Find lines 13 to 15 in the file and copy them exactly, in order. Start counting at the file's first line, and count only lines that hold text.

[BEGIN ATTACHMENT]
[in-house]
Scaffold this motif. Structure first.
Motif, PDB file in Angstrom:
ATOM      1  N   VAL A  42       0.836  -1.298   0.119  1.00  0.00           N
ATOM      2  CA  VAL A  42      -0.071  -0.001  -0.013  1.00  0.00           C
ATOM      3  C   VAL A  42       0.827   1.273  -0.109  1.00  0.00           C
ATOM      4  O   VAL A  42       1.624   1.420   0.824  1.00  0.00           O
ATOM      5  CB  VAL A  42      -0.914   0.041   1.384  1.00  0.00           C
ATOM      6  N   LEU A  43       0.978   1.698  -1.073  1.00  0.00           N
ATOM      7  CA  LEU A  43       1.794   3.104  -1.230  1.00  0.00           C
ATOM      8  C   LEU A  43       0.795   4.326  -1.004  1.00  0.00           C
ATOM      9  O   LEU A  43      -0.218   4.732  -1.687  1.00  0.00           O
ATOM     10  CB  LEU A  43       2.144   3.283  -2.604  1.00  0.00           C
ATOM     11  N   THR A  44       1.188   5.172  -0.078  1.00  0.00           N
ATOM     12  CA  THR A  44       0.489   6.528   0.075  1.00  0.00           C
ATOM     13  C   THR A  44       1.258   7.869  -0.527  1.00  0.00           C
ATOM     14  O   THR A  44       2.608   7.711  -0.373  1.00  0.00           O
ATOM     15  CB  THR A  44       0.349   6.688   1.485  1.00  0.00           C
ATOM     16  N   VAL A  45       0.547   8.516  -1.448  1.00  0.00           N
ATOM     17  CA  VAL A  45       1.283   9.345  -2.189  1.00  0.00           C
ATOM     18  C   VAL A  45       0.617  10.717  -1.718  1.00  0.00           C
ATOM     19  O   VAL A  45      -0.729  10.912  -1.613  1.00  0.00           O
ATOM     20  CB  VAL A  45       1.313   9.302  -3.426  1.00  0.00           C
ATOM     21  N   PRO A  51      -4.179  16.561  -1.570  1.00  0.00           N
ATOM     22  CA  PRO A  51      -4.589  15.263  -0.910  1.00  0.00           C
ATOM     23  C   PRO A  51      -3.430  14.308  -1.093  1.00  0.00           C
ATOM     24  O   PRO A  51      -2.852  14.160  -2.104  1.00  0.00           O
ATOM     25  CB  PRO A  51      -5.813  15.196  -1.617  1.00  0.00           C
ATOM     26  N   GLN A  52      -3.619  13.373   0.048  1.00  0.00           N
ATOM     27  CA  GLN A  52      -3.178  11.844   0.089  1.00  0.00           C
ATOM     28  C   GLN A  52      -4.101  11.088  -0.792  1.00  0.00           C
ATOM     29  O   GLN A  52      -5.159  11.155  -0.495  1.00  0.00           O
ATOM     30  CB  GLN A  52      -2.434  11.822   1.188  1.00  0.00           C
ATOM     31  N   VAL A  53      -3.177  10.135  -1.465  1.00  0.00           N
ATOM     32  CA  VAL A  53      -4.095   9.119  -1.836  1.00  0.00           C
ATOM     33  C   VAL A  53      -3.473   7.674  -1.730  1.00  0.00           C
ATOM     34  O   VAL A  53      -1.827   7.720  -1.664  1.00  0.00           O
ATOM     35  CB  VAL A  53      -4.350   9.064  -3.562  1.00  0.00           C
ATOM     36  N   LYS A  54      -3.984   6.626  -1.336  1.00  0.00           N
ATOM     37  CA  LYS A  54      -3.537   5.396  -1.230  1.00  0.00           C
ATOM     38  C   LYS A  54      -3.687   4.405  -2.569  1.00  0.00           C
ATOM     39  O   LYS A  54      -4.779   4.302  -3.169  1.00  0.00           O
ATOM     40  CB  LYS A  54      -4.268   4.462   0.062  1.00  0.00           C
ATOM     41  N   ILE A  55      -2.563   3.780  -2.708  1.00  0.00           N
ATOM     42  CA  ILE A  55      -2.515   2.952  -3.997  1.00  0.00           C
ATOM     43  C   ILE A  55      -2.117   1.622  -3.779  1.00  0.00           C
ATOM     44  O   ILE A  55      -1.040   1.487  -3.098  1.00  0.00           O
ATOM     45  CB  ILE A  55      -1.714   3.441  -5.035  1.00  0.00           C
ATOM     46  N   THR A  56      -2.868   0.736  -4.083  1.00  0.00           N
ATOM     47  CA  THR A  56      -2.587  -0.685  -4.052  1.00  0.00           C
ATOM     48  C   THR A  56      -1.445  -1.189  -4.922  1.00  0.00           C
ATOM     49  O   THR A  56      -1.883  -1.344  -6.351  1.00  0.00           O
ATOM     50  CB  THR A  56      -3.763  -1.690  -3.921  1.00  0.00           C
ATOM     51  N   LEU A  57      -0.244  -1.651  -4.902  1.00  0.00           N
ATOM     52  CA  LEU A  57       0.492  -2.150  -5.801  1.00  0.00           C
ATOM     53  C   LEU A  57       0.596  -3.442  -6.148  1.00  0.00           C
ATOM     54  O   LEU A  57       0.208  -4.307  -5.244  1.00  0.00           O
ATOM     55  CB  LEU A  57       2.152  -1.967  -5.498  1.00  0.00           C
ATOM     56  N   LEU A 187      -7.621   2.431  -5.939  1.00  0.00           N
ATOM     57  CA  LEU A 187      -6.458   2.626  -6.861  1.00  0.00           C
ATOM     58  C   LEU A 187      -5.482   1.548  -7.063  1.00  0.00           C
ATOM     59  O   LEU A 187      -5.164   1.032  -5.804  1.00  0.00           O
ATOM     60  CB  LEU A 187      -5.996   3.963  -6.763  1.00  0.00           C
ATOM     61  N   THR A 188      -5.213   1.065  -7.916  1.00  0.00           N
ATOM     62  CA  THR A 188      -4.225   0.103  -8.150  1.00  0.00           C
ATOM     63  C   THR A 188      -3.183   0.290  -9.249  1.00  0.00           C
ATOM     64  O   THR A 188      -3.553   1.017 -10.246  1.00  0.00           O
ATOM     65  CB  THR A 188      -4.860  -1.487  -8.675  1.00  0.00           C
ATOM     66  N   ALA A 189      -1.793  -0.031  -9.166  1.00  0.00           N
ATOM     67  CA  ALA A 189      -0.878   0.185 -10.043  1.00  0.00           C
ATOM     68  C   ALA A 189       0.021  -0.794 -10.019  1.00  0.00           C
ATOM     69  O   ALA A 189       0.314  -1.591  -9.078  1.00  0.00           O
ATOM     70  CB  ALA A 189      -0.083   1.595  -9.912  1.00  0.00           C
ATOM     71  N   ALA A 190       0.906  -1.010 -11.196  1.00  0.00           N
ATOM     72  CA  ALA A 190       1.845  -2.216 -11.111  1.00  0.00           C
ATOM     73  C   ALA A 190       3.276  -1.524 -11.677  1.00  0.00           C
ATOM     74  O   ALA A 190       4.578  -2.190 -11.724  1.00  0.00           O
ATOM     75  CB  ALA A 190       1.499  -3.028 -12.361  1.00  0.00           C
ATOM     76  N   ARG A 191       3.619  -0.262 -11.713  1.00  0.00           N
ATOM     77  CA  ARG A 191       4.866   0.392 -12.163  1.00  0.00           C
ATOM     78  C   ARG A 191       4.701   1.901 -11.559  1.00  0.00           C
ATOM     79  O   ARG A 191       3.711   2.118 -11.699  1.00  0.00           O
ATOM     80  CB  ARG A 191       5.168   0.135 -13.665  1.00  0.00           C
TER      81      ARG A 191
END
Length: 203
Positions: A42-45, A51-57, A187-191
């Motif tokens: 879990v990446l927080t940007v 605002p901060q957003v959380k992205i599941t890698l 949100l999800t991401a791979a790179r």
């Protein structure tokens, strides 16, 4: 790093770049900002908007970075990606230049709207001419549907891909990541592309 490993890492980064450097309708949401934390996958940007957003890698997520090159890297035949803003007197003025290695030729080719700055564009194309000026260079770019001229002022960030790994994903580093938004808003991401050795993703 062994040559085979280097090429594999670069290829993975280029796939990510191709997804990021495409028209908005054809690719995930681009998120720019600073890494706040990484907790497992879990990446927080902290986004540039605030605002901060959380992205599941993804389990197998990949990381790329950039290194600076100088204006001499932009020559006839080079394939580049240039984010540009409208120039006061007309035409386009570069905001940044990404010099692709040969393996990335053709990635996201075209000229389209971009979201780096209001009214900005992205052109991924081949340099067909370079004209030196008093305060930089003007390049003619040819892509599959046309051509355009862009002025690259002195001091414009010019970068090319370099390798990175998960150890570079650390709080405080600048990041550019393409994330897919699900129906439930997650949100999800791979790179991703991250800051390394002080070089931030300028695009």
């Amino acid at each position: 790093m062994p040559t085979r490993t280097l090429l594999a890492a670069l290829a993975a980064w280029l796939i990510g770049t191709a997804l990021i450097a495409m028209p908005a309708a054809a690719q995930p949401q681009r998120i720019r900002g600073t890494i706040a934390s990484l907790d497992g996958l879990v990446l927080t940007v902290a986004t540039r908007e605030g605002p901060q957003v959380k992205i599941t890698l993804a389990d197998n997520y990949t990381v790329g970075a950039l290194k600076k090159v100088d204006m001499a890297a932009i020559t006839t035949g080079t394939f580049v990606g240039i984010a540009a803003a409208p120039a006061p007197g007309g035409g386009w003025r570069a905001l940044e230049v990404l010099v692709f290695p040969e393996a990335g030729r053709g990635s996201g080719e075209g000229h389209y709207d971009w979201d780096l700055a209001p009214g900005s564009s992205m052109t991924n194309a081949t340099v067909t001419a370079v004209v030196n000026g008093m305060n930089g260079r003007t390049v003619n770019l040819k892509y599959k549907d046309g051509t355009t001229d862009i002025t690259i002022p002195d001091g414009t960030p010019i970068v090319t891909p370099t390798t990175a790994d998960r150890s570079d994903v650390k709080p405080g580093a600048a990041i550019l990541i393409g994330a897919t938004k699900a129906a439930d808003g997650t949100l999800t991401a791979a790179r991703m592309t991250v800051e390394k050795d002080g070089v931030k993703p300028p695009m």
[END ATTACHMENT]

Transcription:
ATOM     10  CB  LEU A  43       2.144   3.283  -2.604  1.00  0.00           C
ATOM     11  N   THR A  44       1.188   5.172  -0.078  1.00  0.00           N
ATOM     12  CA  THR A  44       0.489   6.528   0.075  1.00  0.00           C